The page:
publication . Article . 2020

Death is not the end: radiocarbon and histo-taphonomic evidence for the curation and excarnation of human remains in Bronze Age Britain

Thomas J. Booth; Joanna Brück;
Open Access
  • Published: 01 Sep 2020 Journal: Antiquity, volume 94, pages 1,186-1,203 (issn: 0003-598X, eissn: 1745-1744, Copyright policy)
  • Publisher: Antiquity Publications
Cremated and unburnt human remains have been recovered from a variety of British Bronze and earliest Iron Age archaeological contexts (c. 2500–600 BC). Chronological modelling of 189 new and extant radiocarbon dates from a selection of these deposits provides evidence for the curation of human remains for an average of two generations following death, while histological analysis of bone samples indicates mortuary treatment involving both excarnation and the exhumation of primary burials. Curated bones came from people who had been alive within living or cultural memory, and their power probably derived from relationships between the living and the dead.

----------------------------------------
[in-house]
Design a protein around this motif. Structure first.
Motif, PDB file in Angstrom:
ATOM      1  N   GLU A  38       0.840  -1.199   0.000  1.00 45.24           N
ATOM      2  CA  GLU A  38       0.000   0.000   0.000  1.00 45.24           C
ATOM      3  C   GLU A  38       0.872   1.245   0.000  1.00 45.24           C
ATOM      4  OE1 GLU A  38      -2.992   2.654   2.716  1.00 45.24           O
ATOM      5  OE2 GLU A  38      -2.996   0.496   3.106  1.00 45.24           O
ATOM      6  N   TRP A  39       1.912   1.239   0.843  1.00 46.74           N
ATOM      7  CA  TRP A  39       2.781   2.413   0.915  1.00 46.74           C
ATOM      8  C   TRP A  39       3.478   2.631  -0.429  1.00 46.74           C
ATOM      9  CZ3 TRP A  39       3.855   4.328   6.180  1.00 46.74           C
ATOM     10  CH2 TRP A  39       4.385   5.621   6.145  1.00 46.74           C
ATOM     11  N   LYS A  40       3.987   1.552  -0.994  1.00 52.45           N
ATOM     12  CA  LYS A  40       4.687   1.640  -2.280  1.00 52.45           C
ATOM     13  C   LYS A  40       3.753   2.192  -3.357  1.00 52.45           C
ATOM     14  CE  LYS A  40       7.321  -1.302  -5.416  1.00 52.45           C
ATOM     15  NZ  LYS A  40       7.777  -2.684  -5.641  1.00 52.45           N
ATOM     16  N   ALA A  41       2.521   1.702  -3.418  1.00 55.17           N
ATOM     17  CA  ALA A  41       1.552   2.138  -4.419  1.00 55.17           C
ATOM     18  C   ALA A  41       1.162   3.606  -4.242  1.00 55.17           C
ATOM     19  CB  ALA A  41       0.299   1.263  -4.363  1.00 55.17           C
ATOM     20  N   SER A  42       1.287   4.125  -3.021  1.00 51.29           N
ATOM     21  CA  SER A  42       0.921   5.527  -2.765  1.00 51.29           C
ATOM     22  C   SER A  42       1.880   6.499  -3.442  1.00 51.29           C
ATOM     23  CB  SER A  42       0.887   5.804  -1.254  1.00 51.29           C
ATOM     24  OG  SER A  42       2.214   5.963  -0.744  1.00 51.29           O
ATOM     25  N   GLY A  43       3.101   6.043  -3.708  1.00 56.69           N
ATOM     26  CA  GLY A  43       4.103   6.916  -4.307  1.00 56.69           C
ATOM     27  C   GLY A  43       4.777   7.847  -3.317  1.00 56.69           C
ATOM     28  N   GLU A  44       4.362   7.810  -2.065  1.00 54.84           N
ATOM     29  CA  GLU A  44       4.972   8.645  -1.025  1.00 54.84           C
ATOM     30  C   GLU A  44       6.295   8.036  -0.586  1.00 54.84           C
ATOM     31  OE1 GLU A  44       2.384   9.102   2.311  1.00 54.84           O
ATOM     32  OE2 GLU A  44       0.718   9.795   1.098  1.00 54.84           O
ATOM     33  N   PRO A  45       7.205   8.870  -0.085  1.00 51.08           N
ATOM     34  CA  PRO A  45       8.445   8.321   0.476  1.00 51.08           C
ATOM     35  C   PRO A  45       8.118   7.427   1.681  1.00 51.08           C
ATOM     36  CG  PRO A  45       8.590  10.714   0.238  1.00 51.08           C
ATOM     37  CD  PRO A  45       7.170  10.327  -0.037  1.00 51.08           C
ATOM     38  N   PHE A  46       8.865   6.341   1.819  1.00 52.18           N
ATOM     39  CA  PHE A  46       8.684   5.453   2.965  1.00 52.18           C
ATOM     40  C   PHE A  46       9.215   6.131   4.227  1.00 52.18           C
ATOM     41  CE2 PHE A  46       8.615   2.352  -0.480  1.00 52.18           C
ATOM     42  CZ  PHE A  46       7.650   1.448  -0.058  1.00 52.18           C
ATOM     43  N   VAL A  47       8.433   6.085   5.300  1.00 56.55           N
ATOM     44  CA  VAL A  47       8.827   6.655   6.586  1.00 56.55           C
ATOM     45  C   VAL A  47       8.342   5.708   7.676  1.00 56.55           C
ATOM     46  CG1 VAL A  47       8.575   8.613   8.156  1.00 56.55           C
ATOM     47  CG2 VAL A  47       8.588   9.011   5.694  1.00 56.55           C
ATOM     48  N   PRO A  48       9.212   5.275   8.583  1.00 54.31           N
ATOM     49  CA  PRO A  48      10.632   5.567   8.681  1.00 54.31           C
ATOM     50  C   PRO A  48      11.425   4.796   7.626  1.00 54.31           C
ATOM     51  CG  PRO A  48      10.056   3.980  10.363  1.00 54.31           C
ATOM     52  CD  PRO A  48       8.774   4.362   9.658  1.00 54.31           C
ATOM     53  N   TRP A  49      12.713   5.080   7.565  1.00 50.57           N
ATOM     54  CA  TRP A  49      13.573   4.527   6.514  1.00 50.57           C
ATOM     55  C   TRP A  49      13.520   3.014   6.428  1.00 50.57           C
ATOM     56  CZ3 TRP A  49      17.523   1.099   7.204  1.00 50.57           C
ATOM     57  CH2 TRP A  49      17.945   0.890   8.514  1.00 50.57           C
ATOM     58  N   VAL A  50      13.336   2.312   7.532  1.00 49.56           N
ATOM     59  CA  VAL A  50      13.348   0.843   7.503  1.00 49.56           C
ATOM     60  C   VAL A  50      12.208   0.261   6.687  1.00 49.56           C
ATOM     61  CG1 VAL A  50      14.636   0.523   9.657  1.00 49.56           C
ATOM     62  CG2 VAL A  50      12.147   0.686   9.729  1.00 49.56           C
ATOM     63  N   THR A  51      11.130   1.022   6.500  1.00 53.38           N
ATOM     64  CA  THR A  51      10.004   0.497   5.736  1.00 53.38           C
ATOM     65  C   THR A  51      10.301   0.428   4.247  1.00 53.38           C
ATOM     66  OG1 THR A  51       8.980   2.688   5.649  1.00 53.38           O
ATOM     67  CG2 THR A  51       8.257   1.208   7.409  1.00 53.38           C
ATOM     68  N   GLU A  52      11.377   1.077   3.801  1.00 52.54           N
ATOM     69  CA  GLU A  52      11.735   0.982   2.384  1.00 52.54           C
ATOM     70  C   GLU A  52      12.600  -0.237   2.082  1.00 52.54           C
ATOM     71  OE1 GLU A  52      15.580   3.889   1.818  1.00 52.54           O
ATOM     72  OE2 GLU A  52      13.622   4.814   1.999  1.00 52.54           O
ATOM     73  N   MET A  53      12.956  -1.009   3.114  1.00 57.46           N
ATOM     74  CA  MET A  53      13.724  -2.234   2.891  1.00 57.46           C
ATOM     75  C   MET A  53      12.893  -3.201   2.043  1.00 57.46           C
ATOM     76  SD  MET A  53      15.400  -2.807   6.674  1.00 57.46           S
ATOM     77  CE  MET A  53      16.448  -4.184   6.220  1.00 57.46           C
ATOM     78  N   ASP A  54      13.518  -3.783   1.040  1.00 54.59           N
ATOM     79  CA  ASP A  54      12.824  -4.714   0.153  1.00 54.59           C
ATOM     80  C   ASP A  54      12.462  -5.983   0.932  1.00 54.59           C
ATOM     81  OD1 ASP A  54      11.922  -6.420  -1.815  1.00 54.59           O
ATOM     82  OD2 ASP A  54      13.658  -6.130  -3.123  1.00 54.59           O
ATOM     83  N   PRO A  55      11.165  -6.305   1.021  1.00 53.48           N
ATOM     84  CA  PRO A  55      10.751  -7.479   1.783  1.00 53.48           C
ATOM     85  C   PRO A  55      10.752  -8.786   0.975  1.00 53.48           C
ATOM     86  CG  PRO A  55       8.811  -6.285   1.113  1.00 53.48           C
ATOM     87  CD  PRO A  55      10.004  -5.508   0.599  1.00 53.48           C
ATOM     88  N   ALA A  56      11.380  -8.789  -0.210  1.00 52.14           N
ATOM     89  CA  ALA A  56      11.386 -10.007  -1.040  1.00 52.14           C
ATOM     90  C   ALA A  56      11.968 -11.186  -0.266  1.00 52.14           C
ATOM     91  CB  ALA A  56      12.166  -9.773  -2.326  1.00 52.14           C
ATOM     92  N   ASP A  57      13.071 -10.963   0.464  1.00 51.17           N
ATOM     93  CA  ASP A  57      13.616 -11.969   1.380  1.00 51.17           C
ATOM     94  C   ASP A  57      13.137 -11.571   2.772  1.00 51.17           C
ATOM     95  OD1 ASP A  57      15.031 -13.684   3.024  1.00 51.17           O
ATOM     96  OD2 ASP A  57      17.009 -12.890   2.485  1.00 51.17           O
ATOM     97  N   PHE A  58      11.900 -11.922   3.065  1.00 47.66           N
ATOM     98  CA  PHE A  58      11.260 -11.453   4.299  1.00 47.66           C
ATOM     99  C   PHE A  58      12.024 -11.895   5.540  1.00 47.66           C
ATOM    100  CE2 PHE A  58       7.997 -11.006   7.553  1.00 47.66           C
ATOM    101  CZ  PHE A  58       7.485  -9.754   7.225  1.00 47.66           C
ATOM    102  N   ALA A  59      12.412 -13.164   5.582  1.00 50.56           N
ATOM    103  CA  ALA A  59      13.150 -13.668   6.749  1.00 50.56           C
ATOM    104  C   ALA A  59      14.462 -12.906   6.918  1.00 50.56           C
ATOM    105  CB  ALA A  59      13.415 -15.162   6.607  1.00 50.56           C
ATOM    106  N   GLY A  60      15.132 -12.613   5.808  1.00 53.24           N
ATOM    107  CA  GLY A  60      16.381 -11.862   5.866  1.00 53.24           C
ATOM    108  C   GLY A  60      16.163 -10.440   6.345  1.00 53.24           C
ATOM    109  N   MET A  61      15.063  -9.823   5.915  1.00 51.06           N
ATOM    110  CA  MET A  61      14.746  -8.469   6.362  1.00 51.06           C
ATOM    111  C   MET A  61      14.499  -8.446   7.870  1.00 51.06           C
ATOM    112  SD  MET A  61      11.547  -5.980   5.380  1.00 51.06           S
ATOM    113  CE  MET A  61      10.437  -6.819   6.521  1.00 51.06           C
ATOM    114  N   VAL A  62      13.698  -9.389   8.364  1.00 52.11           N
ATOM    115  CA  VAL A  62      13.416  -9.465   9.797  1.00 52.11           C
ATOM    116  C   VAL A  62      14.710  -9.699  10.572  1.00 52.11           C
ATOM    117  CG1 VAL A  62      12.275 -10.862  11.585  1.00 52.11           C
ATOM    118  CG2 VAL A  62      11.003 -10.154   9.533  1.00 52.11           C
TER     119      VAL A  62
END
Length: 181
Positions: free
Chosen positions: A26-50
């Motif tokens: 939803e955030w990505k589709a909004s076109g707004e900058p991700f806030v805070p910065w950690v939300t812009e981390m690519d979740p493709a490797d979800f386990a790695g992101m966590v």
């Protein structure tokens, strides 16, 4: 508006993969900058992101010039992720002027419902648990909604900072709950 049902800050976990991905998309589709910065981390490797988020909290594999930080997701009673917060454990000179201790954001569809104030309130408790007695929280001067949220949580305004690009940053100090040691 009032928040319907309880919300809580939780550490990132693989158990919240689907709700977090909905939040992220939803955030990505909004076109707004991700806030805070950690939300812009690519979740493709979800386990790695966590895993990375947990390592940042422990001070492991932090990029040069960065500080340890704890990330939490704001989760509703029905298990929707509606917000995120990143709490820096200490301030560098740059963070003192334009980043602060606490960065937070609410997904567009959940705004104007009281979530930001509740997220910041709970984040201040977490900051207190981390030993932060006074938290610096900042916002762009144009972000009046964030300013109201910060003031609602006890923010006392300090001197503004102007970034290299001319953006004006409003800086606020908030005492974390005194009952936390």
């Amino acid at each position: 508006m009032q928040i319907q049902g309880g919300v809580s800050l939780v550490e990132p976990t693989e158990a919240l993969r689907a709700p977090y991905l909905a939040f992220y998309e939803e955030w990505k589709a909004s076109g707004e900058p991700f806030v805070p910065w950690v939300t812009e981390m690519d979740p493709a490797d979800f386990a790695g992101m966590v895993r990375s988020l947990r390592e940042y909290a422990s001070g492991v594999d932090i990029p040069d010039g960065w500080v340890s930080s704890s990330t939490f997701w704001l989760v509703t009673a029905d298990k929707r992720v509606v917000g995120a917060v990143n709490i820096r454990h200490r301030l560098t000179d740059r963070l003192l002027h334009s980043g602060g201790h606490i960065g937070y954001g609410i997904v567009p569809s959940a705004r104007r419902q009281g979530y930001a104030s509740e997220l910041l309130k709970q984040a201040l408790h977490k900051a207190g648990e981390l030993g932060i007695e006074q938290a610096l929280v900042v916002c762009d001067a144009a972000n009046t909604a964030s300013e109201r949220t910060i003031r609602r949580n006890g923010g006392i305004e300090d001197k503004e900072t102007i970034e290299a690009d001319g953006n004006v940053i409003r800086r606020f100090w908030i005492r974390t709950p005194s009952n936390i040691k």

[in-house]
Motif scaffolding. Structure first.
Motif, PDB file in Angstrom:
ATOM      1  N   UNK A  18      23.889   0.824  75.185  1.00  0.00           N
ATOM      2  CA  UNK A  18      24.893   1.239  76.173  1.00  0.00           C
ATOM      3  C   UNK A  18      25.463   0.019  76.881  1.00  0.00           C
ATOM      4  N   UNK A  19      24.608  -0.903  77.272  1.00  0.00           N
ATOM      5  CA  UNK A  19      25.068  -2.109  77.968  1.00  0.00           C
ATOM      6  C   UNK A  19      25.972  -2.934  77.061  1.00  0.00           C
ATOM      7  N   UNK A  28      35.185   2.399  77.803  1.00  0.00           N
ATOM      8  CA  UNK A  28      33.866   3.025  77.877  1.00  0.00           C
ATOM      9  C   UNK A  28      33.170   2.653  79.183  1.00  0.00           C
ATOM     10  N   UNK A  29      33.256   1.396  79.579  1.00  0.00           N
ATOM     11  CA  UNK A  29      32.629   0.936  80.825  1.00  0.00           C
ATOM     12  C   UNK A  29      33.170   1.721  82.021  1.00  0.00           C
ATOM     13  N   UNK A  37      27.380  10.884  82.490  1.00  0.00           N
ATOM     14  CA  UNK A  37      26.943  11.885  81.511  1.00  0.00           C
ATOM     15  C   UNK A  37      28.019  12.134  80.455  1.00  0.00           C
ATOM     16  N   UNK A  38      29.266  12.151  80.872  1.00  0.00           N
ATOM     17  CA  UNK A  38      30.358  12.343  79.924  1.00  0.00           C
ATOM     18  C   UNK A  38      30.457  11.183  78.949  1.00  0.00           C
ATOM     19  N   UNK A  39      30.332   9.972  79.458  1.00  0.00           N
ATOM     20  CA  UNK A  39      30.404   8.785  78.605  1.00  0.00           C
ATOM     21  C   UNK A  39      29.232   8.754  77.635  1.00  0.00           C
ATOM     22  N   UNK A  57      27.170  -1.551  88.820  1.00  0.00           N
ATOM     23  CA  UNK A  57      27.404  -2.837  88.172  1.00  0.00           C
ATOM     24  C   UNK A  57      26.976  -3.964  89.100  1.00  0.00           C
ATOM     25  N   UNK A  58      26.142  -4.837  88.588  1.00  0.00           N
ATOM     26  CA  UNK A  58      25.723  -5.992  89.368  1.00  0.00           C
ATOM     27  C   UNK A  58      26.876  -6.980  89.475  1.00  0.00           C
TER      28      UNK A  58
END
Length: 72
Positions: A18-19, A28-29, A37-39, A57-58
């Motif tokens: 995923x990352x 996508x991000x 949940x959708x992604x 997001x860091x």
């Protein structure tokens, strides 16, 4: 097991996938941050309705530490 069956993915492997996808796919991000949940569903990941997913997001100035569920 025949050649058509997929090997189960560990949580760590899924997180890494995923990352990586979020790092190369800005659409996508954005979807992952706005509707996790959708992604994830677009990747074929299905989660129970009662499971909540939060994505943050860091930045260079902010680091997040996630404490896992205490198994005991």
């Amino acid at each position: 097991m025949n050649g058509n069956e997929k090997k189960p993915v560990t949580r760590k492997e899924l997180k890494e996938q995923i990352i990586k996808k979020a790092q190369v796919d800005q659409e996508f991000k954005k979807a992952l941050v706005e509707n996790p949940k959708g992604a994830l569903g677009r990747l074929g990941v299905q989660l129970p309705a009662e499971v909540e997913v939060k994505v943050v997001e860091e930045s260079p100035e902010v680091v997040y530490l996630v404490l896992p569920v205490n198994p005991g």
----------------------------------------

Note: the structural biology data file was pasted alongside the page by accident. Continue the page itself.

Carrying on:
Persistent Identifiers
free text keywords: Archaeology, General Arts and Humanities, Cultural memory, Archaeology, Extant taxon, Excarnation, Radiocarbon dating, law.invention, law, Bronze Age, Taphonomy, Bronze, engineering.material, engineering, History
Digital Humanities and Cultural Heritage
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